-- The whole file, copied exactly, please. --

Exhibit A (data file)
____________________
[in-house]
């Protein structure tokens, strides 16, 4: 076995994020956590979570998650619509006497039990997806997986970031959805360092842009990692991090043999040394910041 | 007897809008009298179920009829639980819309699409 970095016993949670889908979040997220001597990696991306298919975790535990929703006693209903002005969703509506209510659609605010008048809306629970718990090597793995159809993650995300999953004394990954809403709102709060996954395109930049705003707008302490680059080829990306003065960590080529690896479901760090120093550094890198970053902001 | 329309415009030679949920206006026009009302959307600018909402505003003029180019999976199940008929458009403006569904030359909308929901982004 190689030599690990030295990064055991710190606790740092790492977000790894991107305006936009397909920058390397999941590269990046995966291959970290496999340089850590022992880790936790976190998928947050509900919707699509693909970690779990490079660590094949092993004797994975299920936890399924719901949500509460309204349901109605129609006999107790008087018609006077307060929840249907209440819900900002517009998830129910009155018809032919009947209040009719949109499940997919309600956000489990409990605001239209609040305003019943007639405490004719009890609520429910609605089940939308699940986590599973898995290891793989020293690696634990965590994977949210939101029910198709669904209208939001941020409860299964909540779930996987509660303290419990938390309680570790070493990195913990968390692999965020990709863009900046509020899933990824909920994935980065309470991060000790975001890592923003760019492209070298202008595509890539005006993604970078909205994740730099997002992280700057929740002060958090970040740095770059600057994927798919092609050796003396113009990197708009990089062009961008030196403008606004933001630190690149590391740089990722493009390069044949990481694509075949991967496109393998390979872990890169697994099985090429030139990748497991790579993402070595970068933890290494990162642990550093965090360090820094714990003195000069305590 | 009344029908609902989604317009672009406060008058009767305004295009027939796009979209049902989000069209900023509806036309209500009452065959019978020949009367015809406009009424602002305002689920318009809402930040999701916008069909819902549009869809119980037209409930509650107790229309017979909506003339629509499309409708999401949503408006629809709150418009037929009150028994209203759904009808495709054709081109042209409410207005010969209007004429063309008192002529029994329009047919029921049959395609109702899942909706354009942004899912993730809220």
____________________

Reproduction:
[in-house]
């Protein structure tokens, strides 16, 4: 076995994020956590979570998650619509006497039990997806997986970031959805360092842009990692991090043999040394910041 | 007897809008009298179920009829639980819309699409 970095016993949670889908979040997220001597990696991306298919975790535990929703006693209903002005969703509506209510659609605010008048809306629970718990090597793995159809993650995300999953004394990954809403709102709060996954395109930049705003707008302490680059080829990306003065960590080529690896479901760090120093550094890198970053902001 | 329309415009030679949920206006026009009302959307600018909402505003003029180019999976199940008929458009403006569904030359909308929901982004 190689030599690990030295990064055991710190606790740092790492977000790894991107305006936009397909920058390397999941590269990046995966291959970290496999340089850590022992880790936790976190998928947050509900919707699509693909970690779990490079660590094949092993004797994975299920936890399924719901949500509460309204349901109605129609006999107790008087018609006077307060929840249907209440819900900002517009998830129910009155018809032919009947209040009719949109499940997919309600956000489990409990605001239209609040305003019943007639405490004719009890609520429910609605089940939308699940986590599973898995290891793989020293690696634990965590994977949210939101029910198709669904209208939001941020409860299964909540779930996987509660303290419990938390309680570790070493990195913990968390692999965020990709863009900046509020899933990824909920994935980065309470991060000790975001890592923003760019492209070298202008595509890539005006993604970078909205994740730099997002992280700057929740002060958090970040740095770059600057994927798919092609050796003396113009990197708009990089062009961008030196403008606004933001630190690149590391740089990722493009390069044949990481694509075949991967496109393998390979872990890169697994099985090429030139990748497991790579993402070595970068933890290494990162642990550093965090360090820094714990003195000069305590 | 009344029908609902989604317009672009406060008058009767305004295009027939796009979209049902989000069209900023509806036309209500009452065959019978020949009367015809406009009424602002305002689920318009809402930040999701916008069909819902549009869809119980037209409930509650107790229309017979909506003339629509499309409708999401949503408006629809709150418009037929009150028994209203759904009808495709054709081109042209409410207005010969209007004429063309008192002529029994329009047919029921049959395609109702899942909706354009942004899912993730809220």